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Archive for the ‘Humour’ Category

Watching the last couple of episodes of the seventh season of Curb Your Enthusiasm was a bit of a strange experience. Seinfeld is an ever-present, um, presence throughout Larry David’s schlemiel-celebrating, political correctness-challenging  HBO show, but usually only in passing references. In the seventh season, Larry puts together a Seinfeld reunion show – just to try to get back with his ex-wife; the last two episodes feature pretty, pretty, pretty long segments of the show within the show in rehearsals and later on TV.

Which made me feel kind of strange.

As I’ve watched the first seven seasons of Curb Your Enthusiasm, it’s a fair bet that I like it a lot. Some episodes are better than others (it’s a lot patchier than many other TV programmes, I think), but the good ones are fantastic. Seinfeld, on the other hand – from the admittedly little I’ve seen – was, not terrible, exactly, but not funny in the slightest. All the characters seemed to have exactly the same voice (perhaps not Kramer), there was something smug and shallow about it, it was very static and the laughter (or laughter track) never matched up to the wit (for want of a better word) of the dialogue. I found Jerry Seinfeld moderately amusing as a stand-up comedian, but his show just didn’t work.

So in the midst of the hilarious awkward-fest that is Curb, you had these leaden, clunky bits of a made-up Seinfeld episode that everyone in the programme was made up with – but they were just as unfunny as Seinfeld ever was.

Curb Your Enthusiasm Seinfeld

Maybe it started growing on me, however. There was one snippet that I found droll.

George: Well, I’ll never meet anyone else again.

Jerry: Probably not.

George: Meeting is hard.

Jerry: Meeting is hard. Why can’t you meet?

George: Can’t meet! Why is that?

Jerry: This is what single people are thinking about the minute they wake up in the morning. And yet we’re surrounded by people – they’re right next to us on the bus, on the street – but we can’t meet them.

George: Why won’t they meet us?

Jerry: Because strangers have a bad reputation.

George: A few bad strangers have ruined it for the rest of us.

Jerry: It’s unfortunate.

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Isn’t it great when one of your favourite things references two of your other favourite things?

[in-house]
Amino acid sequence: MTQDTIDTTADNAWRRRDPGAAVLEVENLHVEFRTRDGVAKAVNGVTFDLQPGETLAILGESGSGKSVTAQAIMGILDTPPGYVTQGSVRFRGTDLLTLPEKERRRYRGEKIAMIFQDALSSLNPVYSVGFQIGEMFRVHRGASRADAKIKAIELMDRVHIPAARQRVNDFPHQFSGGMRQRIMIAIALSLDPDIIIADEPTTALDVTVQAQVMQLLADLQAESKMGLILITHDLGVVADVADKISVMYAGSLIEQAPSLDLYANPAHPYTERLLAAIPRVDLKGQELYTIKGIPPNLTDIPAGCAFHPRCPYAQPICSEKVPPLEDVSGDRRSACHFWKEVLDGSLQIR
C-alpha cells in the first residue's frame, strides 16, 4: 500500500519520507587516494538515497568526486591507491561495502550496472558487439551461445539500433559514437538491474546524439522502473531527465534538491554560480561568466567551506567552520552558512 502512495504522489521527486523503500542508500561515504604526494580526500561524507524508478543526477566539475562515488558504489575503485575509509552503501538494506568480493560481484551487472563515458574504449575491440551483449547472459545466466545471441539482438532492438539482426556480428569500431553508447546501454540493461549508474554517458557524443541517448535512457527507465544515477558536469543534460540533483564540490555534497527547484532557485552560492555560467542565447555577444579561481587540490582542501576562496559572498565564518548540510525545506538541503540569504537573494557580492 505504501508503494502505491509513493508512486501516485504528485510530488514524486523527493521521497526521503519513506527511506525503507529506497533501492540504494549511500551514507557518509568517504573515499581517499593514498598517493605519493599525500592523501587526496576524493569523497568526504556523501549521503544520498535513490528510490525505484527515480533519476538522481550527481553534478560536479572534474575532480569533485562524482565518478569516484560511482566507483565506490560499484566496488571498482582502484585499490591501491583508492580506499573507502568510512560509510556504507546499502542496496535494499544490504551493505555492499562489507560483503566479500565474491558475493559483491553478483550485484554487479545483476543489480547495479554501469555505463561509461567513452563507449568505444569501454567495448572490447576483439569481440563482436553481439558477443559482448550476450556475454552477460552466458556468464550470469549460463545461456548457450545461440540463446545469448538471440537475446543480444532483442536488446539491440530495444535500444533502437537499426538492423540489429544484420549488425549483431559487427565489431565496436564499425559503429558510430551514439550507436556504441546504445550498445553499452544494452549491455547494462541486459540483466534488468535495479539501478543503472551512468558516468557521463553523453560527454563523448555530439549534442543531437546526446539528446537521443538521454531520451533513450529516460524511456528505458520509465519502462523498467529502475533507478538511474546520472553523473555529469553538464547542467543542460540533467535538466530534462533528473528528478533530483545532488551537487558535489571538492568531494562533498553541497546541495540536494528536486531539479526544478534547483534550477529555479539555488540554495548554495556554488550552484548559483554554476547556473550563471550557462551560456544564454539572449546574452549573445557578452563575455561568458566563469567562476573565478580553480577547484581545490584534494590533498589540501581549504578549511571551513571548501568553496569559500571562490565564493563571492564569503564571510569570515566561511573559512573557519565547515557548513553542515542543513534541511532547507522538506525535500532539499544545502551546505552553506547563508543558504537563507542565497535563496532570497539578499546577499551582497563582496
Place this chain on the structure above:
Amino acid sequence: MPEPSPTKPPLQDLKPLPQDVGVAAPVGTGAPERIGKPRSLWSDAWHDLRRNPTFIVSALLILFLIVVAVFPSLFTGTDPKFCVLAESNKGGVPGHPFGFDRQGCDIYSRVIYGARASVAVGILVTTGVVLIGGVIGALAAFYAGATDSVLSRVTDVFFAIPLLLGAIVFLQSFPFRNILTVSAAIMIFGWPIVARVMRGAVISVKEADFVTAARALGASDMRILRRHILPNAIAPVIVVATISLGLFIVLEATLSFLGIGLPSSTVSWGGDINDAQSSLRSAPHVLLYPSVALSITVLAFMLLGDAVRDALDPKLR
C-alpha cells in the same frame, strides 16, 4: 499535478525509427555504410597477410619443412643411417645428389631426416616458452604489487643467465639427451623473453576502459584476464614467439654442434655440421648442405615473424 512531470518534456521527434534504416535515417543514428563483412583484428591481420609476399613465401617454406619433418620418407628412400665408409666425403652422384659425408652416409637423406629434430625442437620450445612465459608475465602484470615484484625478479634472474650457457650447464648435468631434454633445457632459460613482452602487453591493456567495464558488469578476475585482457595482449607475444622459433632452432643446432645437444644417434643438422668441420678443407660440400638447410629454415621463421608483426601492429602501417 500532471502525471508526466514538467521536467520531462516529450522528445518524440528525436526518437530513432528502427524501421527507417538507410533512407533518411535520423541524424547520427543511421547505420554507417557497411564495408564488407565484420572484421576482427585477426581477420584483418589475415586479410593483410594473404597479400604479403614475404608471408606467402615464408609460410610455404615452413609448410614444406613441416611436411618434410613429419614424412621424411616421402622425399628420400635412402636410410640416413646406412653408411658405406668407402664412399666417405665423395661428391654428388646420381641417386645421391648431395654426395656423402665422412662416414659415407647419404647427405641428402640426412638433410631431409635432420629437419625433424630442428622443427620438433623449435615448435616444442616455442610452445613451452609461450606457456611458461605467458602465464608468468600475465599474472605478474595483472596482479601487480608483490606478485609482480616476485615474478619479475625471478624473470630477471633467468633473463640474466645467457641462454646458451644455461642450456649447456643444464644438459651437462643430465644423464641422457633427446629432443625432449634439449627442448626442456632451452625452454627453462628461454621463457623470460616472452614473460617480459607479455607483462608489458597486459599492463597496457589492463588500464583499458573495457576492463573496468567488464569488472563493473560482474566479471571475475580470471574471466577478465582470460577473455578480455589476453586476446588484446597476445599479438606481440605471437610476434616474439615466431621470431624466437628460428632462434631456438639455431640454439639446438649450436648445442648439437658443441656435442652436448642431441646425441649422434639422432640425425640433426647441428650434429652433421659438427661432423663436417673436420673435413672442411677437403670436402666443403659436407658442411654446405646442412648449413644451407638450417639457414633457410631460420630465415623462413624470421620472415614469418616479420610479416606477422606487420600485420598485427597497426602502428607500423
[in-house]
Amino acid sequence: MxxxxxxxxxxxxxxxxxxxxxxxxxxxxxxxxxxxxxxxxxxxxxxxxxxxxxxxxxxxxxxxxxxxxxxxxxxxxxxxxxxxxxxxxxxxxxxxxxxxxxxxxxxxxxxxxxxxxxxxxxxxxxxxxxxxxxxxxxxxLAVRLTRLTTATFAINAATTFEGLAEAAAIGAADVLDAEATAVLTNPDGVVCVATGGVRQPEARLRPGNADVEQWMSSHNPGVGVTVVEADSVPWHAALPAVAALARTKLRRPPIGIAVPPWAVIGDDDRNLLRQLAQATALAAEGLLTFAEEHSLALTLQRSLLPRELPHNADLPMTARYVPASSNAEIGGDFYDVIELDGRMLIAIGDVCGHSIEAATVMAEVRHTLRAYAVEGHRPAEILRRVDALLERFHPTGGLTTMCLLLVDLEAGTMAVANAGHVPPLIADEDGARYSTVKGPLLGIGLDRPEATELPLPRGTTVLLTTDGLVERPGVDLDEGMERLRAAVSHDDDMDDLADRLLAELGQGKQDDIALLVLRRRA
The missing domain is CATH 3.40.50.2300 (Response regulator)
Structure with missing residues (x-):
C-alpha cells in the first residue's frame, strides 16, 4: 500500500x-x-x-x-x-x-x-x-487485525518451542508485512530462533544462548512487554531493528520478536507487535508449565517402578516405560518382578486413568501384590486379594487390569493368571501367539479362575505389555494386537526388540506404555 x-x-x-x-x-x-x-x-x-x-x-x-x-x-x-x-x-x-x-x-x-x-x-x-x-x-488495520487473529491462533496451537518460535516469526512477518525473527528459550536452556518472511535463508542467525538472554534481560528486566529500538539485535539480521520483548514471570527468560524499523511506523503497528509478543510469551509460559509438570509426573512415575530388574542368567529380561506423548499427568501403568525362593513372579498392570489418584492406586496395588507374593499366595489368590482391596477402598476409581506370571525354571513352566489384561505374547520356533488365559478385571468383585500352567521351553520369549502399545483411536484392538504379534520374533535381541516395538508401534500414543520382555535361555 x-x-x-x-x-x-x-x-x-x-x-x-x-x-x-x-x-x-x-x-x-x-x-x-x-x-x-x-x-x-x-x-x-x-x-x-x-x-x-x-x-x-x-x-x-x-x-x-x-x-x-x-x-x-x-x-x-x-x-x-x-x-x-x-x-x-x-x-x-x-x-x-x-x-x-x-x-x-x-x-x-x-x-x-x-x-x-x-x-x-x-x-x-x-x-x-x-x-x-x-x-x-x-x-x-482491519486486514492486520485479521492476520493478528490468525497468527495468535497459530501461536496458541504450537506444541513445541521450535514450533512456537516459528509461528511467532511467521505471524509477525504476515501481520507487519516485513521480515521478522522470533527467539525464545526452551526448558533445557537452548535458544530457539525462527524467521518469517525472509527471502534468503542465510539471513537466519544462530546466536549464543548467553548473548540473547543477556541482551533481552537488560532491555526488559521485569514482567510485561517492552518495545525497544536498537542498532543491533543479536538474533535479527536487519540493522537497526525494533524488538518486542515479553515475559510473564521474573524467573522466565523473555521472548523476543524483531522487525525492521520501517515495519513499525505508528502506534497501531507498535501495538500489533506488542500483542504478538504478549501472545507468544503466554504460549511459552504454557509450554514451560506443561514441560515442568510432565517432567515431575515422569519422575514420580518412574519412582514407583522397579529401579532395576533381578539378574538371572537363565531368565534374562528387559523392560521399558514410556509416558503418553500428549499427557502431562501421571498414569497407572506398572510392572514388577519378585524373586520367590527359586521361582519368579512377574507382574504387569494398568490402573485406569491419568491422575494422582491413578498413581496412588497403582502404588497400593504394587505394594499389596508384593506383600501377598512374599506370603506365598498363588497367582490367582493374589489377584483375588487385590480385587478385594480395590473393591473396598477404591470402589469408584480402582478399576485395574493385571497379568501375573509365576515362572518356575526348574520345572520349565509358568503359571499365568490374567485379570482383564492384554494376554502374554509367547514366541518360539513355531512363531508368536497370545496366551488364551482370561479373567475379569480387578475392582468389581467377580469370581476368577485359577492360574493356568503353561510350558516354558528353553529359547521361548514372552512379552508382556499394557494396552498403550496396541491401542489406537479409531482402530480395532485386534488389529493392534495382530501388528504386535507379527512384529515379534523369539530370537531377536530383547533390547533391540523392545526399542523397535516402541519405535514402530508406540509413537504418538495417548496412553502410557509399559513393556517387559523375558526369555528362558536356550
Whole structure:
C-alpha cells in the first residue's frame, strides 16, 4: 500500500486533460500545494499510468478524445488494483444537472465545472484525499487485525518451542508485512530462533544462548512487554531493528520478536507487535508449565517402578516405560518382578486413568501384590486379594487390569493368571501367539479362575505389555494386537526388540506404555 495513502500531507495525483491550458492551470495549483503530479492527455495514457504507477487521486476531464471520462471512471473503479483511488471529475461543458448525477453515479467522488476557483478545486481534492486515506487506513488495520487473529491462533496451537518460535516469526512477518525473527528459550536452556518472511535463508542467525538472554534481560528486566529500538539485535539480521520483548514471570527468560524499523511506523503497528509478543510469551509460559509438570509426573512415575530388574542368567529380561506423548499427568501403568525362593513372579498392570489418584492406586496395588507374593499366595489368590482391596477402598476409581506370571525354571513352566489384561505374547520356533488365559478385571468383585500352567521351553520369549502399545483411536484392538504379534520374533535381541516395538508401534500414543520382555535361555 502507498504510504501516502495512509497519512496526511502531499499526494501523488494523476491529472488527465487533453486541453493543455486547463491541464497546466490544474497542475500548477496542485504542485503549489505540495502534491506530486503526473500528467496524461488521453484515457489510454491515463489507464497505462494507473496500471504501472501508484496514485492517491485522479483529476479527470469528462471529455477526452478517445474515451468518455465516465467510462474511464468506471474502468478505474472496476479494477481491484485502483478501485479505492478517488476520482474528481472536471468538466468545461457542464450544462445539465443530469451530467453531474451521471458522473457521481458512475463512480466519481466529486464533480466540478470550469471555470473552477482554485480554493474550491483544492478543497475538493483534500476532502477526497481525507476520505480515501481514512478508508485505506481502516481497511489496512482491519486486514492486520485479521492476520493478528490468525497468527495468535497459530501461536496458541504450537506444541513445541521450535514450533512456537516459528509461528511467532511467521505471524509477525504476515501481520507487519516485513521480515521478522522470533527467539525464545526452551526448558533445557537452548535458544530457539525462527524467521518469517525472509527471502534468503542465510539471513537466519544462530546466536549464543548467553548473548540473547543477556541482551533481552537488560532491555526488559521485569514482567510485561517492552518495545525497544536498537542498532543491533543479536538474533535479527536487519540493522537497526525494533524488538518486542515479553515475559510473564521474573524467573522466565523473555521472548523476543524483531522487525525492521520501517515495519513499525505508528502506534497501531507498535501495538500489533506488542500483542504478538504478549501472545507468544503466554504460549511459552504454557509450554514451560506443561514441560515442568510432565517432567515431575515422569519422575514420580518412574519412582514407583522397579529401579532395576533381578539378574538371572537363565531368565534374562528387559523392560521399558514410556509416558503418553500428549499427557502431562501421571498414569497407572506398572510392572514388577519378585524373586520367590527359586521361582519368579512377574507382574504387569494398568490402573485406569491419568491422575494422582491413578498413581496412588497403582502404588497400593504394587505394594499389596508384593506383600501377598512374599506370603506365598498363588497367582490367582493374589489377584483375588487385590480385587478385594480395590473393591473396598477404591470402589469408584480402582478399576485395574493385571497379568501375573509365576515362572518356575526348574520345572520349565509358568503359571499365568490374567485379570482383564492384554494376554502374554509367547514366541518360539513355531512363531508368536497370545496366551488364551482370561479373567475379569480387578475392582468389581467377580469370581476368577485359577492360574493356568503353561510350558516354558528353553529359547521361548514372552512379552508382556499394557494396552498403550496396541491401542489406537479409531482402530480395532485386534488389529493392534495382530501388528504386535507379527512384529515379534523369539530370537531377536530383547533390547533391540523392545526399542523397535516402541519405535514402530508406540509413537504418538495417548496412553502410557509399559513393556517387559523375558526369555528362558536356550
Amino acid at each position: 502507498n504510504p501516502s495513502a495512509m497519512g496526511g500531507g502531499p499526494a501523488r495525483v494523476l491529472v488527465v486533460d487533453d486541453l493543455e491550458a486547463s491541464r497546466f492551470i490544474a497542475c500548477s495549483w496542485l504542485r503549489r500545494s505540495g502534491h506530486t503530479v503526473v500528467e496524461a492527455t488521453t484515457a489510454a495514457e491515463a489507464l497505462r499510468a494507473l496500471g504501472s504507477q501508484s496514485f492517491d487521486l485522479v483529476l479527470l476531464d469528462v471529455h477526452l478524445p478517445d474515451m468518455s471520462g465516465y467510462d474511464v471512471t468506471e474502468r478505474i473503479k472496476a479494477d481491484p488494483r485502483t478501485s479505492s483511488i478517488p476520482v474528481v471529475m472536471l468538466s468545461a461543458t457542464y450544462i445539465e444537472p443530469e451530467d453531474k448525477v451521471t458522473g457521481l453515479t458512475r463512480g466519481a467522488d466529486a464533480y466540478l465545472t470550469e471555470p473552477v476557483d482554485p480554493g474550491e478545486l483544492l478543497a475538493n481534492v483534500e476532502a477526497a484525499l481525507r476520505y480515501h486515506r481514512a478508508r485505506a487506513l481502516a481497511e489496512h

Sheldon: What kind of tea would you like?

Amy: I think I’m gonna try … green tea mixed with Lemon Zinger.

Sheldon: (doubtfully) Two tea bags in one cup. (acerbically) You’re not at a rave.

Sheldon: Now, imagine this: you and I, entering Stuart’s party, and all eyes turn to see America’s most beloved and glamorous couple …

Amy: Yeah?

Sheldon: R2-D2 and C-3PO. Dibs on Threepio.

Amy: Sheldon, when I said couples costume, I meant, like, Romeo and Juliet or Cinderella and Prince Charming, not two robots from some silly movie I don’t even like.

Sheldon: (shocked) OK. Now, I’m gonna let that slide because I know you’re hopped up on teabags.

‘The Holographic Excitation’, The Big Bang Theory.

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A quote from Douglas Adams – one of my heroes – who died ten years ago yesterday at the depressingly young age of 49. Here’s what the Guardian has to say about the occasion.

And here are some more Adams quotations.

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Charlie Brooker on Radio 4’s So Wrong It’s Right.

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Charlie Brooker introducing a round called This Putrid Modern Hell on the Radio 4 panel game, So Wrong It’s Right:

Critics say our reliance on text messages and tweets is making us worryingly inarticulate, but luckily there’s a wealth of scientific research to suggest the truth is actually a whole opposite bunch of stuff to that.

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In the most recent episode of the wonderful Big Bang Theory, Amy, Sheldon’s friend-who-is-a-girl (ie, girlfriend; Amy is like a female Sheldon, possibly more Sheldon-like than Sheldon), was having drinks with Penny and Bernadette when one of Penny (numerous) exes walks in with a delivery for the bar. Amy experiences some disconcerting physiological phenomona – namely, she gets a bit ‘excited’ when Zack says hello to her.

The following is from Amy and Sheldon’s conversation at work the following day (she’s dissecting a human brain while they have lunch):

Amy: Now, if you’ll excuse me, I have to take my temperature.

Sheldon: Are you monitoring your circadian rhythms in order to identify your periods of maximum mental acuity? I did that one summer. [wistfully] Ah, youth.

Amy: No, I experienced some distressing symptoms last night, so I’m checking my vital signs every hour.

Sheldon: I’d be happy to create a chart and participate in a differential diagnosis.

Amy: Oh, that sounds like fun.

Sheldon: All right. What were the symptoms?

Amy: Elevated heart rate, moist palms, dry mouth and localised vascular throbbing.

Sheldon: Localised to what region?

Amy: Ears and genitalia.

Sheldon: Interesting. Not body parts that usually team up.

Later …

Sheldon: Possible explanations for your symptoms are – in descending order of likelihood – hyperthyroidism, premature menopause, hosting an alien parasite, or – and I only include it for the sake of covering absolutely all bases – sexual arousal.

Amy: [beat] Where would I have picked up an alien parasite?

Later …

Amy: Let’s look at this logically. I have a stomach – I get hungry. I have genitals – I have the potential for sexual arousal.

Sheldon: A cross we all must bear. You know, in difficult moments like this, I often turn to a force greater than myself.

Amy: Religion?

Sheldon: Star Trek.

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